Michele Weiner-Davis is used to hearing people say, "It was just sex. It wasn't about you. It meant nothing."
The Boulder, Colorado-based U.S. therapist works primarily with couples on the precipice of divorce, and said unfaithful partners often think such statements can defuse a situation and help them save face.
But, she said, they can actually make the situation a lot worse.
"Saying an affair wasn't about one's partner is painful, because it's excruciating to think that you weren't on your partner's radar when he or she made that decision," said Weiner-Davis, the author of "Healing from Infidelity: The Divorce Busting Guide to Rebuilding Your Marriage After an Affair". "It makes a person feel unwanted, unloved, unimportant."
Cheaters have their reasons for using such phrases.
"Unfaithful partners say things like that because it's true," Weiner-Davis said. "It may be hard to believe, but when most people cheat, they really aren't thinking about their spouses or partners at the time. They're thinking with their groins, their hormones, their emptiness or their insatiable sense of attraction."
Saying 'it meant nothing' comes across as, 'I destroyed your world for nothing.'
Caroline Madden, a therapist who specialises in infidelity
Caroline Madden, a Southern California-based therapist who specialises in extramarital affairs, has an even more blunt analysis of the excuse.
"Saying 'it meant nothing' comes across as, 'I destroyed your world for nothing,'" said Madden, the author of "Blindsided By His Betrayal: Surviving the Shock of Your Husband's Infidelity". "Usually, the cheating partner is trying to show that they never intended to leave their spouse and kids for their affair partner. But it's a minimising thing to say. It comes across as, 'Hey, I cheated on you, but it could be worse.'"
The unfaithful partner has to try on the betrayed partner's pain as if it were their own, said Janis Abrahms Spring, a therapist and author of "After the Affair: Healing the Pain and Rebuilding Trust When a Partner Has Been Unfaithful".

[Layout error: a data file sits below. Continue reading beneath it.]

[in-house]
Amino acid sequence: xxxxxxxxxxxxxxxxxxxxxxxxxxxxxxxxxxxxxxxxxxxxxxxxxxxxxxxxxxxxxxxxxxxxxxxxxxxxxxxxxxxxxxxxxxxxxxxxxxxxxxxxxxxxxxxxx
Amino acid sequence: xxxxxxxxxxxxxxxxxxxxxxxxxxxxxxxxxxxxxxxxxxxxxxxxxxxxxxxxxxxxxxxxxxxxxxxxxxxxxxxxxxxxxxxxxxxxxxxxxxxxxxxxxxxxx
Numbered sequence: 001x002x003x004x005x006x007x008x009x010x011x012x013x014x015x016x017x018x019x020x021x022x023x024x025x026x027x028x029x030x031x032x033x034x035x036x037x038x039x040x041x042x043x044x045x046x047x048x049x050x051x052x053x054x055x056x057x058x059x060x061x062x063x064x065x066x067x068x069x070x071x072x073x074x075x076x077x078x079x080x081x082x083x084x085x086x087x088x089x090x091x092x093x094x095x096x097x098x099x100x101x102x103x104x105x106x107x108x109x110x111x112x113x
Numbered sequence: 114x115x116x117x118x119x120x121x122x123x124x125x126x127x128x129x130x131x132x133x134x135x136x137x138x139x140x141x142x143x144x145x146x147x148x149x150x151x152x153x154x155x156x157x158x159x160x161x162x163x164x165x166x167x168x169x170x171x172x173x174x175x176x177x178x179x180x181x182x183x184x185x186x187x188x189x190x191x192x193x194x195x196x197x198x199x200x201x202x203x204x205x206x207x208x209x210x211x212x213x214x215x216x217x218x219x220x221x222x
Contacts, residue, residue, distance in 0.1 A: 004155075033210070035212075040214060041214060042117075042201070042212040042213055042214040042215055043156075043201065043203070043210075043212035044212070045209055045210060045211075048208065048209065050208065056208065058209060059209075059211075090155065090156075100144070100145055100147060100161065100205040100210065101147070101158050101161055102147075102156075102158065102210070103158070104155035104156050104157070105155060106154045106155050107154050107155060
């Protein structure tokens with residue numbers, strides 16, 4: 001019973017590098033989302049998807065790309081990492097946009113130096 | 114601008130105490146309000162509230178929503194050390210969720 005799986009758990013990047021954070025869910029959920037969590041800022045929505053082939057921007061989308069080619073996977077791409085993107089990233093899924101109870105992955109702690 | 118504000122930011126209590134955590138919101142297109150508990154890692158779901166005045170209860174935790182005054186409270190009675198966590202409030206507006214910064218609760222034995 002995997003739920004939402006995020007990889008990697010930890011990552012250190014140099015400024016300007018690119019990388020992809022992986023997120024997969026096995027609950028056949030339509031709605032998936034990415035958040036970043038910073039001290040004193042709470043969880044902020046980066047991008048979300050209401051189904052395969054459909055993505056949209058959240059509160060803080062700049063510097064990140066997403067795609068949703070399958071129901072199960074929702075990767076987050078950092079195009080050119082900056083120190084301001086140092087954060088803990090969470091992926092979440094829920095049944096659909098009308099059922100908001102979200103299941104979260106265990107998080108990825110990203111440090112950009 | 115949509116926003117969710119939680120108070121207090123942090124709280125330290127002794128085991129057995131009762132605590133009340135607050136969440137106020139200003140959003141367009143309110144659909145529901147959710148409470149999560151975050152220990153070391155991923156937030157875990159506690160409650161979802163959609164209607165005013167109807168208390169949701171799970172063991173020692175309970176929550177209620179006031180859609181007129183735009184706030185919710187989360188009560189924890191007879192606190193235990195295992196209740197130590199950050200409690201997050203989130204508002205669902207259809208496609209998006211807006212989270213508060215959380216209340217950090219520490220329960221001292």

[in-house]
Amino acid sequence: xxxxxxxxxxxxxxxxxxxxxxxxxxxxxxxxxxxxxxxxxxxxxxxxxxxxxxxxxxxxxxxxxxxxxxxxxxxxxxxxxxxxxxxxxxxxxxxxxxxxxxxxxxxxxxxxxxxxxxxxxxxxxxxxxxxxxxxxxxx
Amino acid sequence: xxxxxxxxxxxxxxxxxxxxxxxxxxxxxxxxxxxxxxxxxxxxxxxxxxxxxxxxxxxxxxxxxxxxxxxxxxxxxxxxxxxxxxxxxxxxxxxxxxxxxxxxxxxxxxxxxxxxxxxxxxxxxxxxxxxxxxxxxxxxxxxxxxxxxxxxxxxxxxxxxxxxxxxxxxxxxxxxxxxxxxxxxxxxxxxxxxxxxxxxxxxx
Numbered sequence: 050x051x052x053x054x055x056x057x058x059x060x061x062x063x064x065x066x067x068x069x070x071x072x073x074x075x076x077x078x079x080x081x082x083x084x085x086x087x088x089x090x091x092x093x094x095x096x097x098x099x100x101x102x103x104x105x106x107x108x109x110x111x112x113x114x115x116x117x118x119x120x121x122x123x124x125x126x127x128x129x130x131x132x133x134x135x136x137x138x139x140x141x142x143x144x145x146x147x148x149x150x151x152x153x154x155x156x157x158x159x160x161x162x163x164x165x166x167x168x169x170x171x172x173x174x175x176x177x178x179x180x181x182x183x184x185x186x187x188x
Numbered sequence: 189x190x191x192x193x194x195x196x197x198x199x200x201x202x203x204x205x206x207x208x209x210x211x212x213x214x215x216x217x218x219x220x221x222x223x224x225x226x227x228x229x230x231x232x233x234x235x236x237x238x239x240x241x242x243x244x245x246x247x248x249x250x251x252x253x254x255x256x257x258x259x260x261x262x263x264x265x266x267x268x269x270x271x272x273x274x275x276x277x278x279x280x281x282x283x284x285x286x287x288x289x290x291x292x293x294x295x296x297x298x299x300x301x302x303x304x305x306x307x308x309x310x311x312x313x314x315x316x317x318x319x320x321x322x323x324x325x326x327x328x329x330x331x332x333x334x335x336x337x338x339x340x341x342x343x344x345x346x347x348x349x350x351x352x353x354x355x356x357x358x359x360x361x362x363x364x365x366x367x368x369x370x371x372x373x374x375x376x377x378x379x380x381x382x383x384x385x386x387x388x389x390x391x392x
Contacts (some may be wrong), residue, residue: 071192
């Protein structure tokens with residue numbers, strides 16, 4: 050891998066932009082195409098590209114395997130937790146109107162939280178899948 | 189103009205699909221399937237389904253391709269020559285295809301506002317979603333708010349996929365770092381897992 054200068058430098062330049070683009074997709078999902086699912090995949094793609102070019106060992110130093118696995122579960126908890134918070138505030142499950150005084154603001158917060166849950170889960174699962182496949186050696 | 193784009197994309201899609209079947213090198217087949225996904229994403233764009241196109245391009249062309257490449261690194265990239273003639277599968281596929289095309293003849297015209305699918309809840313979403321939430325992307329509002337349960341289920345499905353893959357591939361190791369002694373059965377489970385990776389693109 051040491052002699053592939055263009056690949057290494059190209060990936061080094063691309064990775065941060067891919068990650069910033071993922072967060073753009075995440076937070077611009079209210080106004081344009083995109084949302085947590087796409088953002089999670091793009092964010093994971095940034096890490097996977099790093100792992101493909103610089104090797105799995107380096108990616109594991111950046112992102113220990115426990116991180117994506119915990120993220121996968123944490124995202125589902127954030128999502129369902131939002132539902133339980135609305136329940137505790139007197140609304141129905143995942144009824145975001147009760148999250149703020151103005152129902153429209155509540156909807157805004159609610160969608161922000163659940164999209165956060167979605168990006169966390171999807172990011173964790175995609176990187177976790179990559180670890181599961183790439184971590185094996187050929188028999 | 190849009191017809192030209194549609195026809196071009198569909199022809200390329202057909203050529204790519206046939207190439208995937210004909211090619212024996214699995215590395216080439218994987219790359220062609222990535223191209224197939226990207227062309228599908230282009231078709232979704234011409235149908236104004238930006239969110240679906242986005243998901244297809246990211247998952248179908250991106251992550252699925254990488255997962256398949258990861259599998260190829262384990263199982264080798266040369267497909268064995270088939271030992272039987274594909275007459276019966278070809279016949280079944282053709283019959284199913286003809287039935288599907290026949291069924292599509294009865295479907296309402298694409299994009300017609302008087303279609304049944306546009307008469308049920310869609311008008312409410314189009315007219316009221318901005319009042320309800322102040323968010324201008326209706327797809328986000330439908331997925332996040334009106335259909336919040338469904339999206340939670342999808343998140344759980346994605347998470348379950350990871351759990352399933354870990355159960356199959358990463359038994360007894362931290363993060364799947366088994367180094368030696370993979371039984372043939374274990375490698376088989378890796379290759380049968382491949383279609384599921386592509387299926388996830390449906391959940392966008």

"You need to demonstrate that you get whatever the hurt partner wants you to get," she said. "This doesn't mean you agree with that assessment; it only means you realise that nothing you say will lessen their pain and fury except for maybe making them feel heard."
Once some of that pain has been absorbed, Madden tells unfaithful clients to lay all their cards on the table. The simple admission that you're the sole architect of the pain you're both feeling goes a long way in rebuilding trust, she explained.
"I know it seems counterintuitive, but you have to admit that you understand that your selfish actions caused your spouse incredible pain," she said. "By doing this, your partner won't need to prove to you ― by being angry and yelling ― that they have the right to be upset."
Be honest about why you pursued the affair, without diminishing statements, Madden said. If you wanted to feel alive again and the affair was a conduit to explore that, tell your partner. Your affair was a big deal; act like it was one.
"Once you've explained yourself, admit that it was a stupid, selfish choice," Madden said. "If you can't believe you could have destroyed everything you worked so hard to build because of lust and know this will be the greatest regret of your life, tell your spouse all of that."